This is the XFL...again.

WWE Chairman and CEO Vince McMahon announced Thursday that he is relaunching the XFL, the professional football league that originally lasted just one season back in 2001.

The league brought us many innovations still used in today's presentation of the NFL--the sky cam, the running sideline cam, broadcasts from the locker room, etc.--but the play itself was terrible. McMahon decried the NFL of the time as the "No Fun League," and opted to put togther an on-field product that was light on rules but heavy on injuries. By the end of the season, teams were down to third-string players in a league that was already comprised of players not talented enough to even make an NFL practice squad.

They had colorful nicknames on the backs of their jersey--who could forget Rod "He Hate Me" Smart?--but they didn't have much in the way of skills. It did have a few successful players, though. Tommy Maddox, the game-winning quarterback of the league's only championship game and its sole MVP, spent four years with the Pittsburgh Steelers after the XFL. Mike Furrey went on to lead the NFC in receptions with the Detroit Lions in 2006. Linebacker Paris Lenon played 12 seasons in the NFL for five different teams. Even Smart had a five-year stint in the NFL as a special teamer following the XFL.

In today's age, with NFL football having reached a bigger global impact than ever before, there will be more talent from which to draw. McMahon will own the entire league, which will consist of eight teams to start, with 40-man rosters. The teams will play a 10-game season beginning in January 2020, with the top four teams playing in a semi-final after the regular season, and of course, followed by a championship game.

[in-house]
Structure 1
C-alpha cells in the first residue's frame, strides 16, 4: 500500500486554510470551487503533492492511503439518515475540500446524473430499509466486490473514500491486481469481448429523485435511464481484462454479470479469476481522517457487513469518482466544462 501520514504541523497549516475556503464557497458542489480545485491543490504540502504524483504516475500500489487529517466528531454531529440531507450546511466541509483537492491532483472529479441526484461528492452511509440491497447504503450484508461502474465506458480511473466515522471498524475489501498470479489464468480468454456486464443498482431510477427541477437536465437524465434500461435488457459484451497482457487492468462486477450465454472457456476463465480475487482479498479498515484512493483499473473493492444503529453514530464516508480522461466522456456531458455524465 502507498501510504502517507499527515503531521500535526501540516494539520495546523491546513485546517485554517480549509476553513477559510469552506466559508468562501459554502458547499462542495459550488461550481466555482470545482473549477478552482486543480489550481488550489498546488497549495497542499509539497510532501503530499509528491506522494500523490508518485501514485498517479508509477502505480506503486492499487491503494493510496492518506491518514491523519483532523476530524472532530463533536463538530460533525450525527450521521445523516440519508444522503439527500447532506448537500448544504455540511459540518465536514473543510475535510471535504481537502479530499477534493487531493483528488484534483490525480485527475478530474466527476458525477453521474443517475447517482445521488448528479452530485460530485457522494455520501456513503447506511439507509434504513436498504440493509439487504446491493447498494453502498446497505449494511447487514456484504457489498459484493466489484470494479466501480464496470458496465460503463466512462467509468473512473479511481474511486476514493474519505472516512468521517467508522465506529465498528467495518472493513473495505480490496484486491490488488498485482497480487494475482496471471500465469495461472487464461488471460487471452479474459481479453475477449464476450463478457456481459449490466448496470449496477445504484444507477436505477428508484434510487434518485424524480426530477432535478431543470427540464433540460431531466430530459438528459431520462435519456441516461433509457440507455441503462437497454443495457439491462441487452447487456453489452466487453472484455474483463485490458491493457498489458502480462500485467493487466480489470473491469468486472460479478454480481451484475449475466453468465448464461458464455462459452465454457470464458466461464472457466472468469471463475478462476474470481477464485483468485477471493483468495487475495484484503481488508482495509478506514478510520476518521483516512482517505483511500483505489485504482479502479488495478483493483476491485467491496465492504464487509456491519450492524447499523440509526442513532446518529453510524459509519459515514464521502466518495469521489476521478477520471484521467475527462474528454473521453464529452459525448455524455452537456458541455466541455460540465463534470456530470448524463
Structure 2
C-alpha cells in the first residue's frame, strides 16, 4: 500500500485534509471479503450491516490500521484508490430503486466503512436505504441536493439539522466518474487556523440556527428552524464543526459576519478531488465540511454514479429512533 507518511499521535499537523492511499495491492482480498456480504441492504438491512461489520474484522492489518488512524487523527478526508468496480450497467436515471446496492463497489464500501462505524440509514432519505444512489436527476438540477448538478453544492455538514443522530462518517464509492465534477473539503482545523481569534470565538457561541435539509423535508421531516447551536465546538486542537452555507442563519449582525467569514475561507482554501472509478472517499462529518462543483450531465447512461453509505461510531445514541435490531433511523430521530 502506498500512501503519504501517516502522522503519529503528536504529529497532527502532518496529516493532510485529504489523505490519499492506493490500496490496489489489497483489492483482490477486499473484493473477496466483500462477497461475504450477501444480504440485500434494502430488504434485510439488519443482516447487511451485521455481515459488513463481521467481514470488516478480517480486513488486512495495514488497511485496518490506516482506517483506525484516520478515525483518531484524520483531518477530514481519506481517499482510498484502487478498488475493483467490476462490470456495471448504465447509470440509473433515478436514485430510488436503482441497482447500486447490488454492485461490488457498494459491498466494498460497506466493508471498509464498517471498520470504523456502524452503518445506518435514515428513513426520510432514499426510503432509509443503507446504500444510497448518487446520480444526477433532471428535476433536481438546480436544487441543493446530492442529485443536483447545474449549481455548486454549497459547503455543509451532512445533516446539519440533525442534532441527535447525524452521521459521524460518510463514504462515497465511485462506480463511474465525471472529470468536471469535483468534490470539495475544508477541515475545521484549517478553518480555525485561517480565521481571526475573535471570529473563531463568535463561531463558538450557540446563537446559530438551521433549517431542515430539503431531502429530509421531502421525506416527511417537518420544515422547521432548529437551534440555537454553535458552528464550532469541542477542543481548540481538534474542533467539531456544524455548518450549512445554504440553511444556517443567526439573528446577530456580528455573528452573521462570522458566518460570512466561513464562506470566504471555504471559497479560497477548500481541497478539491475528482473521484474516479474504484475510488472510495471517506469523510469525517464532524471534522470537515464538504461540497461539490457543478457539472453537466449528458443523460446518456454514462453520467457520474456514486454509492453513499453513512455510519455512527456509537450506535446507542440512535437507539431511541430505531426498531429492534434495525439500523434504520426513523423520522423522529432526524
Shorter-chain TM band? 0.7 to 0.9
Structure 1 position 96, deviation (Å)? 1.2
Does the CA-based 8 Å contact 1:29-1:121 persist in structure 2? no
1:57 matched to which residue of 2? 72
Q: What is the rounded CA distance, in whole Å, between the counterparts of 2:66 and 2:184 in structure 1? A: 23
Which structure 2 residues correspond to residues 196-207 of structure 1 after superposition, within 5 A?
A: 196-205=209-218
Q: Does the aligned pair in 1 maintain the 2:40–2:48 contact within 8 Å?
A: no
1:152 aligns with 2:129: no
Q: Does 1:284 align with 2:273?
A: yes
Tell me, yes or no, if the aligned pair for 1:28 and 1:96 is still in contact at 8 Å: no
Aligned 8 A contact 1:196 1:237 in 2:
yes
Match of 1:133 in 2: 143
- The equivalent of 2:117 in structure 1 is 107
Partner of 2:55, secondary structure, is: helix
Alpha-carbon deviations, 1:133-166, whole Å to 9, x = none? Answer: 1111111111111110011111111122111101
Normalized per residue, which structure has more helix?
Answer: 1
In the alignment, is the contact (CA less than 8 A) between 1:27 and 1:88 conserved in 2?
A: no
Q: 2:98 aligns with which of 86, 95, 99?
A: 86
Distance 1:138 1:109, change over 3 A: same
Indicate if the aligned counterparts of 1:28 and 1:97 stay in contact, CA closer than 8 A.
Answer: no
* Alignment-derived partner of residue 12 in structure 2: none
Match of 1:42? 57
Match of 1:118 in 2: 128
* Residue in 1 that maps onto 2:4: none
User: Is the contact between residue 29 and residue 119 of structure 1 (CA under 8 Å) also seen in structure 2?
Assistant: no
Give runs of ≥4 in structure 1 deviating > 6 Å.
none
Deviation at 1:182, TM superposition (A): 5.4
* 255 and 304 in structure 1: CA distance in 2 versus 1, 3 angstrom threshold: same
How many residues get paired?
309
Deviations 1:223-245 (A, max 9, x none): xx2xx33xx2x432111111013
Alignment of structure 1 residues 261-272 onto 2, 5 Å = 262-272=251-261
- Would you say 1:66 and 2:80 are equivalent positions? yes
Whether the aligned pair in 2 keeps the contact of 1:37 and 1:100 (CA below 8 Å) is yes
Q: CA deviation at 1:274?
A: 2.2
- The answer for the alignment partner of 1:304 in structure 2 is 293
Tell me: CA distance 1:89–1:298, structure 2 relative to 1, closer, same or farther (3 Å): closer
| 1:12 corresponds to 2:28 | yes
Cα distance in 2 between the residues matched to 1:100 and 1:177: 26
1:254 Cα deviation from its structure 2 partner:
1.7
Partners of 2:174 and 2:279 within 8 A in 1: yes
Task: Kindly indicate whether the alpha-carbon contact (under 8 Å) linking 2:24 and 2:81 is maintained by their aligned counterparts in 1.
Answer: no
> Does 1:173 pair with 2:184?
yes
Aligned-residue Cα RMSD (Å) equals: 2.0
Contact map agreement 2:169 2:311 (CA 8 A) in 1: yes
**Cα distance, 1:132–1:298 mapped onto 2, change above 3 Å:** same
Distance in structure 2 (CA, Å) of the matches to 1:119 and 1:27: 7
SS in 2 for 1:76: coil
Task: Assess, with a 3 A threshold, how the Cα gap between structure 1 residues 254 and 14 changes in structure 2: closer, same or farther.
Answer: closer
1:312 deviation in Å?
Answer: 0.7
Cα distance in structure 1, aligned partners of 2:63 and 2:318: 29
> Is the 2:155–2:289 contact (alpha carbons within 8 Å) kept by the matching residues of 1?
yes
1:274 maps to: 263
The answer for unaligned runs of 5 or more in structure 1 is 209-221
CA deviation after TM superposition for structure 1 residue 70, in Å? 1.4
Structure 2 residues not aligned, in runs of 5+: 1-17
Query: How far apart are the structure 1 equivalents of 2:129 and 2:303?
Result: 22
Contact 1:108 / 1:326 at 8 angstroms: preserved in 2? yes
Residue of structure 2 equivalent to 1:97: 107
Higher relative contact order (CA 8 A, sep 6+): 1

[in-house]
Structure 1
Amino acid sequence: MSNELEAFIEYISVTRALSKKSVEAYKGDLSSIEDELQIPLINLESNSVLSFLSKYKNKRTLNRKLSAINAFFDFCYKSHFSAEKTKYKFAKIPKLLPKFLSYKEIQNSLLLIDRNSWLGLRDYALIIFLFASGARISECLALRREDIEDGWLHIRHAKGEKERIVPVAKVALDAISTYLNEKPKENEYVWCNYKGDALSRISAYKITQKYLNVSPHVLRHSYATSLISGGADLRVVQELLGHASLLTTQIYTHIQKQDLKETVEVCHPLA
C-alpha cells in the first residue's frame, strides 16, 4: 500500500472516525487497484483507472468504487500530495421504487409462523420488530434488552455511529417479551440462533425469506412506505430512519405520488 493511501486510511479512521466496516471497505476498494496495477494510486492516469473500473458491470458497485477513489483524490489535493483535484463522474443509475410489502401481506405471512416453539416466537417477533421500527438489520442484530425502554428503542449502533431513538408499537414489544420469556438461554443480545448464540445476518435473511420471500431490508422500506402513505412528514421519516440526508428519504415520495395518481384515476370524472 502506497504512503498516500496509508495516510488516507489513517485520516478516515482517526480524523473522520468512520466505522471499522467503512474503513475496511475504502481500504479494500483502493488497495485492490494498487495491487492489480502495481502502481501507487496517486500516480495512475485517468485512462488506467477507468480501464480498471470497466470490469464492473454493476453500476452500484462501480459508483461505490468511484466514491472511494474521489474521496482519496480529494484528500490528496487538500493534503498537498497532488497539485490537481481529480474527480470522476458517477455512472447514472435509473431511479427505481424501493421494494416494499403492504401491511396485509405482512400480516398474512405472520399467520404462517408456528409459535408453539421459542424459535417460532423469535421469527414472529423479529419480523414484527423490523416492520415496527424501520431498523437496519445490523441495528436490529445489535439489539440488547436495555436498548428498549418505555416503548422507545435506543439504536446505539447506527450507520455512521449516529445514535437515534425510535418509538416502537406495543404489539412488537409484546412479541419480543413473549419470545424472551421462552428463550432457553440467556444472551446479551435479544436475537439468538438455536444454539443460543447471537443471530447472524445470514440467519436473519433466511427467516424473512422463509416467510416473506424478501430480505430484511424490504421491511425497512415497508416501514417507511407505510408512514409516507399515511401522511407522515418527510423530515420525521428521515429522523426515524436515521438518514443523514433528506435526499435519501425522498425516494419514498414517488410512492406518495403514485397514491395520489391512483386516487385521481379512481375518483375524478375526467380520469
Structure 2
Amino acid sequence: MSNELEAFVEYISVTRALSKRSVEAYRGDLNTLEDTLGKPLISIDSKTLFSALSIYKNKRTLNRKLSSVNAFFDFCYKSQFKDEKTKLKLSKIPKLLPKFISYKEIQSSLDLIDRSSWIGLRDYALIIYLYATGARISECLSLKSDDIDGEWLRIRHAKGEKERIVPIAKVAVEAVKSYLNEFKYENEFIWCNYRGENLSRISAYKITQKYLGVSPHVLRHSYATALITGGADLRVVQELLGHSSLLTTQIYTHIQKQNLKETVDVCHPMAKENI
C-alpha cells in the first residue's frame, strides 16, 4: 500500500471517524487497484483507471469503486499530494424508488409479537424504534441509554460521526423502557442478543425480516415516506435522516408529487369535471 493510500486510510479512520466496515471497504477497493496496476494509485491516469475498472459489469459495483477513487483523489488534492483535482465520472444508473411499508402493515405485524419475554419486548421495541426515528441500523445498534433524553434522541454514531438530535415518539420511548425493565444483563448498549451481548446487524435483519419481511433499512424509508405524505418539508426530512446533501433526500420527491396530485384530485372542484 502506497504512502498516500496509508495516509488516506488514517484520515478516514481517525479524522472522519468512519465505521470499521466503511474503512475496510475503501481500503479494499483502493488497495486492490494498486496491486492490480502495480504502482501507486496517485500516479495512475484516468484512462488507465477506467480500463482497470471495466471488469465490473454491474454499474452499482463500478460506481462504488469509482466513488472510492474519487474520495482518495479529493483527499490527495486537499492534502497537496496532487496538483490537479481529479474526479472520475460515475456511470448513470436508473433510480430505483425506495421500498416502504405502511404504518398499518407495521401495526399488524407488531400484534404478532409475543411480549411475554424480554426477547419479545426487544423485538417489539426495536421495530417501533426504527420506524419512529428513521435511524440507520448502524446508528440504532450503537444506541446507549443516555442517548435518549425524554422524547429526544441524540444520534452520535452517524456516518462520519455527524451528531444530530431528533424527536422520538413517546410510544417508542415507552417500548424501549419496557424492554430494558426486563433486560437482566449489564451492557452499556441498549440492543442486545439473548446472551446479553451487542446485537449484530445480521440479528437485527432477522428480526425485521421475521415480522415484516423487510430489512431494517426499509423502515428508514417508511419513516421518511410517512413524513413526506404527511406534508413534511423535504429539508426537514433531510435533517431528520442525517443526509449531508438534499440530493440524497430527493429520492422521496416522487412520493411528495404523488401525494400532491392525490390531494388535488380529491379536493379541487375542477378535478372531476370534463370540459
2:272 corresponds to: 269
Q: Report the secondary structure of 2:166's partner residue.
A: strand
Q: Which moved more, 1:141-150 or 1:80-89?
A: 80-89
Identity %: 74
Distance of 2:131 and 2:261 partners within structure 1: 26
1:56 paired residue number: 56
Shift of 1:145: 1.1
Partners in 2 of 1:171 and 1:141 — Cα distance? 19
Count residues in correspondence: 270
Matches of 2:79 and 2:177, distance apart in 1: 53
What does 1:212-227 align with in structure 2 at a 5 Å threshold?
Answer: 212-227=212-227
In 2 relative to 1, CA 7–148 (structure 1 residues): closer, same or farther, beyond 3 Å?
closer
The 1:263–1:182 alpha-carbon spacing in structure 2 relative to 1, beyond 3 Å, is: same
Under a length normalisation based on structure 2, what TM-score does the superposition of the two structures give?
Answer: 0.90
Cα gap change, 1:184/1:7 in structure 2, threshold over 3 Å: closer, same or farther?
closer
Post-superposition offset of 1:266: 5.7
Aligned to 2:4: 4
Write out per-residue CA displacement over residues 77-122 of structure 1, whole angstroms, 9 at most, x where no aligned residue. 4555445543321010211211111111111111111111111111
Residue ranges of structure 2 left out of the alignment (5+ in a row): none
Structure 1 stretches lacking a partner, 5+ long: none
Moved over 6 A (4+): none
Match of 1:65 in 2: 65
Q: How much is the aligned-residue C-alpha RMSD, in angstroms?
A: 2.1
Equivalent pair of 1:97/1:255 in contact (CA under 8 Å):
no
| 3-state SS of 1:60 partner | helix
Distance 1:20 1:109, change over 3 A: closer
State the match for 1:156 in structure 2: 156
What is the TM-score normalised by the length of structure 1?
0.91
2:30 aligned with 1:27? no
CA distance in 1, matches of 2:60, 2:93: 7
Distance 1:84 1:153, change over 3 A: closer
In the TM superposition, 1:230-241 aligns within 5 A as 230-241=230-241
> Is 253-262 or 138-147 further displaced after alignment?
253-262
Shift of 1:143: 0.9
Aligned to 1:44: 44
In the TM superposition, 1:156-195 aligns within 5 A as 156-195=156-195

That's pretty much the same format he used in the XFL's inaugural season in 2001, when the teams were the Birmingham Thunderbolts, Chicago Enforcers, New York/New Jersey Hitmen, Orlando Rage, Las Vegas Outlaws, Los Angeles Xtreme, Memphis Maniax and San Francisco Demons.

There's no word yet on what cities may host XFL teams, but one thing is for sure--as his annual Wrestlemania event has grown bigger and bigger each year, McMahon now has a great working relationship with a number of NFL stadiums, including MetLife Stadium in New Jersey, the Mercedes-Benz Superdome in New Orleans, and AT&T Stadium in Arlington, Texas. However, it remains to be seen if stadiums that are owned privately by NFL team owners would want to host a rival league.

Johnny Manziel already tweeted McMahon using the hashtag #XFL2020, but there's pretty much no shot of him joining the league, considering his past legal troubles. McMahon said any player with a criminal record will not be allowed into the league, and for those thinking that stance is in direct relation to the current state of the NFL, let me remind you that McMahon made the same edict when he announced the original XFL back in 2000. Back then, he said there would be no "felons" in the XFL, and it will be no different this time around. He also said players will not be given a form to take personal stances on social issues while on the playing field.

So while Colin Kaepernick might not make it onto an XFL roster, you'd have to believe Tim Tebow--whom McMahon mentioned by name in his press conference--would be a shoe-in.

McMahon is putting up $100 million of his own money (which, incidentally, is the same amount of personal WWE stock he recently sold) through his newly-founded Alpha Entertainment, LLC to fund the league, which is much different than the original launch of the XFL, which was a financial partnership between the WWE and NBC. McMahon said he hasn't begun talks with potential networks yet, and I'd be willing to bet that although a network deal would be his preferred option, Vince knows he can always relaunch the XFL through his streaming WWE Network--or, perhaps, even through a new XFL over-the-top service.